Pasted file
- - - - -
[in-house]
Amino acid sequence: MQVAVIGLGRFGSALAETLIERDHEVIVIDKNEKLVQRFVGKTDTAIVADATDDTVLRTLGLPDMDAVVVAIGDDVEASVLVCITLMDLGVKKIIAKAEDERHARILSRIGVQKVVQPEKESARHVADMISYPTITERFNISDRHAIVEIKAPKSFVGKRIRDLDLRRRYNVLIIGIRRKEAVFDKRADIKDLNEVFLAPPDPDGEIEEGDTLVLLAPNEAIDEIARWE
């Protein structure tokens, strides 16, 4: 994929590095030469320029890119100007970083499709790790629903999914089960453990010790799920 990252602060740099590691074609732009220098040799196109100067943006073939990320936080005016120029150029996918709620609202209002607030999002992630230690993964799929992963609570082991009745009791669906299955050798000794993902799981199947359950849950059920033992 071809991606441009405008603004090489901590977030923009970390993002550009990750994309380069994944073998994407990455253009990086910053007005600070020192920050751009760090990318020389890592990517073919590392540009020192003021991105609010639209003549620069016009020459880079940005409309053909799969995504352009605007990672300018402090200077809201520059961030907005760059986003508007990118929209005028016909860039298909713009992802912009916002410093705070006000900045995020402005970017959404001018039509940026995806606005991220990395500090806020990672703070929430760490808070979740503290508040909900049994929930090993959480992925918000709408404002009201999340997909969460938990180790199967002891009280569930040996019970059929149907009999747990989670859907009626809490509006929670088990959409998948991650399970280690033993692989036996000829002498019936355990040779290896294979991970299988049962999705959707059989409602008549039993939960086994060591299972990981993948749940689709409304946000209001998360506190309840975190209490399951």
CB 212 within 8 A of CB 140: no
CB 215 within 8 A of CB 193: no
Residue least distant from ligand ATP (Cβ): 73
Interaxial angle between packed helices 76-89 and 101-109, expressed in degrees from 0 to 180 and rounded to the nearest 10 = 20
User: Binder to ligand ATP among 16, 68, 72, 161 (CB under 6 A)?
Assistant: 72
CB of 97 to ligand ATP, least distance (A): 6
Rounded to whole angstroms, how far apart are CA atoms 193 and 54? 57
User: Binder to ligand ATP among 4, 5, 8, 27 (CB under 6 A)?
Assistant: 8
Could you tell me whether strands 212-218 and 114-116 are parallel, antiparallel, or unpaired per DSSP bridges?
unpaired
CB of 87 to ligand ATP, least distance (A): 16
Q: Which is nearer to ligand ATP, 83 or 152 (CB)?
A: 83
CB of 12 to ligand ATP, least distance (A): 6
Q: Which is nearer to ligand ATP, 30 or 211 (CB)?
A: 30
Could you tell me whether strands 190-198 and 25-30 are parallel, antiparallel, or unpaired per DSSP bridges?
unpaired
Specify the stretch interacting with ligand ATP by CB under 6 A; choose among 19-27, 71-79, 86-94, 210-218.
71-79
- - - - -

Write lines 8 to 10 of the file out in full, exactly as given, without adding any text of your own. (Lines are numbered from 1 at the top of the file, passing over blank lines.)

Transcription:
User: Binder to ligand ATP among 16, 68, 72, 161 (CB under 6 A)?
Assistant: 72
CB of 97 to ligand ATP, least distance (A): 6